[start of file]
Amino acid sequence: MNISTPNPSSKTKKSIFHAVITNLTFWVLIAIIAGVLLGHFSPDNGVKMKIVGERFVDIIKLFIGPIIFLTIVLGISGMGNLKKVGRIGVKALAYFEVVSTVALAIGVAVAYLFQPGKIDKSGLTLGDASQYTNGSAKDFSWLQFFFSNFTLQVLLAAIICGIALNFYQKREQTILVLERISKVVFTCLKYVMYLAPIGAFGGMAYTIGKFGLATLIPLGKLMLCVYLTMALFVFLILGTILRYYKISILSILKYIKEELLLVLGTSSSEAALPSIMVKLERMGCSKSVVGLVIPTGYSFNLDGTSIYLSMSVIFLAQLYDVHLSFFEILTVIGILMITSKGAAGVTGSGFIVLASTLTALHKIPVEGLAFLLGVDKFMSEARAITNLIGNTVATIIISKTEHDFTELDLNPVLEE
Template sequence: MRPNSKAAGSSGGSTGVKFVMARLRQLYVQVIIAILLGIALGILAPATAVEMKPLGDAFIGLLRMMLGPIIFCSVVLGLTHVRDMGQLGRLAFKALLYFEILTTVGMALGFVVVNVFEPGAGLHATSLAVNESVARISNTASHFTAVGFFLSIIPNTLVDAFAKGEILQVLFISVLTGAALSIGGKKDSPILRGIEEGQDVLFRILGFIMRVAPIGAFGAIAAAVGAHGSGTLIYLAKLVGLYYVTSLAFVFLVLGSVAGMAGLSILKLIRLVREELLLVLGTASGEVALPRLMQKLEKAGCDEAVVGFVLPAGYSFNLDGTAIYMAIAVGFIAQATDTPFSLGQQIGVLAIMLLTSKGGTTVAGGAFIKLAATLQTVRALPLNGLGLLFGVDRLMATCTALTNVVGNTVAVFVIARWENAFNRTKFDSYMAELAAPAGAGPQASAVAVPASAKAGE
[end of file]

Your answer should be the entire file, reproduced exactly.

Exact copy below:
Amino acid sequence: MNISTPNPSSKTKKSIFHAVITNLTFWVLIAIIAGVLLGHFSPDNGVKMKIVGERFVDIIKLFIGPIIFLTIVLGISGMGNLKKVGRIGVKALAYFEVVSTVALAIGVAVAYLFQPGKIDKSGLTLGDASQYTNGSAKDFSWLQFFFSNFTLQVLLAAIICGIALNFYQKREQTILVLERISKVVFTCLKYVMYLAPIGAFGGMAYTIGKFGLATLIPLGKLMLCVYLTMALFVFLILGTILRYYKISILSILKYIKEELLLVLGTSSSEAALPSIMVKLERMGCSKSVVGLVIPTGYSFNLDGTSIYLSMSVIFLAQLYDVHLSFFEILTVIGILMITSKGAAGVTGSGFIVLASTLTALHKIPVEGLAFLLGVDKFMSEARAITNLIGNTVATIIISKTEHDFTELDLNPVLEE
Template sequence: MRPNSKAAGSSGGSTGVKFVMARLRQLYVQVIIAILLGIALGILAPATAVEMKPLGDAFIGLLRMMLGPIIFCSVVLGLTHVRDMGQLGRLAFKALLYFEILTTVGMALGFVVVNVFEPGAGLHATSLAVNESVARISNTASHFTAVGFFLSIIPNTLVDAFAKGEILQVLFISVLTGAALSIGGKKDSPILRGIEEGQDVLFRILGFIMRVAPIGAFGAIAAAVGAHGSGTLIYLAKLVGLYYVTSLAFVFLVLGSVAGMAGLSILKLIRLVREELLLVLGTASGEVALPRLMQKLEKAGCDEAVVGFVLPAGYSFNLDGTAIYMAIAVGFIAQATDTPFSLGQQIGVLAIMLLTSKGGTTVAGGAFIKLAATLQTVRALPLNGLGLLFGVDRLMATCTALTNVVGNTVAVFVIARWENAFNRTKFDSYMAELAAPAGAGPQASAVAVPASAKAGE